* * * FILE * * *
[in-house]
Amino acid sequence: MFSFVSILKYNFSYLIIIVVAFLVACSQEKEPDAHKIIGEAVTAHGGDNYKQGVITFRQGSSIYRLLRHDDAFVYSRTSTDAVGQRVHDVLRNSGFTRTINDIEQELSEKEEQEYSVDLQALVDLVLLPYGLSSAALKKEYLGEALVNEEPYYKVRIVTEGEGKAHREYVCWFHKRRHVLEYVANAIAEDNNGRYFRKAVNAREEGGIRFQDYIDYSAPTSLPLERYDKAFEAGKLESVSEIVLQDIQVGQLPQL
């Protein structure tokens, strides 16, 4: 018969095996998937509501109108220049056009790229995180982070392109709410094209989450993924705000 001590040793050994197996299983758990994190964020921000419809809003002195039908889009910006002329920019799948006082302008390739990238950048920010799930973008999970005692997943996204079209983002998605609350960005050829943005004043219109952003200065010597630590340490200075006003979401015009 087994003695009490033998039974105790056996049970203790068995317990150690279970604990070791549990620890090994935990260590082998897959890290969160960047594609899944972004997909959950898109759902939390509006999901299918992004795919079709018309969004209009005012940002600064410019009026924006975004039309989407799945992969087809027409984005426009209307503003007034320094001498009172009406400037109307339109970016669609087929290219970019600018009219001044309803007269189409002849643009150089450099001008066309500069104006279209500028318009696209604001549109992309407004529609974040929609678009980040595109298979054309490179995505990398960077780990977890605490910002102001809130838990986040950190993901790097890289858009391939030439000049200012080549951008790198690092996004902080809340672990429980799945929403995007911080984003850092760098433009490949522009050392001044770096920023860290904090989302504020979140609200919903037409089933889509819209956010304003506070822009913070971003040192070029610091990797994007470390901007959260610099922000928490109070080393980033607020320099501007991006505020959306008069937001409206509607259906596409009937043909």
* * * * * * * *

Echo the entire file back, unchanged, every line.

[in-house]
Amino acid sequence: MFSFVSILKYNFSYLIIIVVAFLVACSQEKEPDAHKIIGEAVTAHGGDNYKQGVITFRQGSSIYRLLRHDDAFVYSRTSTDAVGQRVHDVLRNSGFTRTINDIEQELSEKEEQEYSVDLQALVDLVLLPYGLSSAALKKEYLGEALVNEEPYYKVRIVTEGEGKAHREYVCWFHKRRHVLEYVANAIAEDNNGRYFRKAVNAREEGGIRFQDYIDYSAPTSLPLERYDKAFEAGKLESVSEIVLQDIQVGQLPQL
């Protein structure tokens, strides 16, 4: 018969095996998937509501109108220049056009790229995180982070392109709410094209989450993924705000 001590040793050994197996299983758990994190964020921000419809809003002195039908889009910006002329920019799948006082302008390739990238950048920010799930973008999970005692997943996204079209983002998605609350960005050829943005004043219109952003200065010597630590340490200075006003979401015009 087994003695009490033998039974105790056996049970203790068995317990150690279970604990070791549990620890090994935990260590082998897959890290969160960047594609899944972004997909959950898109759902939390509006999901299918992004795919079709018309969004209009005012940002600064410019009026924006975004039309989407799945992969087809027409984005426009209307503003007034320094001498009172009406400037109307339109970016669609087929290219970019600018009219001044309803007269189409002849643009150089450099001008066309500069104006279209500028318009696209604001549109992309407004529609974040929609678009980040595109298979054309490179995505990398960077780990977890605490910002102001809130838990986040950190993901790097890289858009391939030439000049200012080549951008790198690092996004902080809340672990429980799945929403995007911080984003850092760098433009490949522009050392001044770096920023860290904090989302504020979140609200919903037409089933889509819209956010304003506070822009913070971003040192070029610091990797994007470390901007959260610099922000928490109070080393980033607020320099501007991006505020959306008069937001409206509607259906596409009937043909």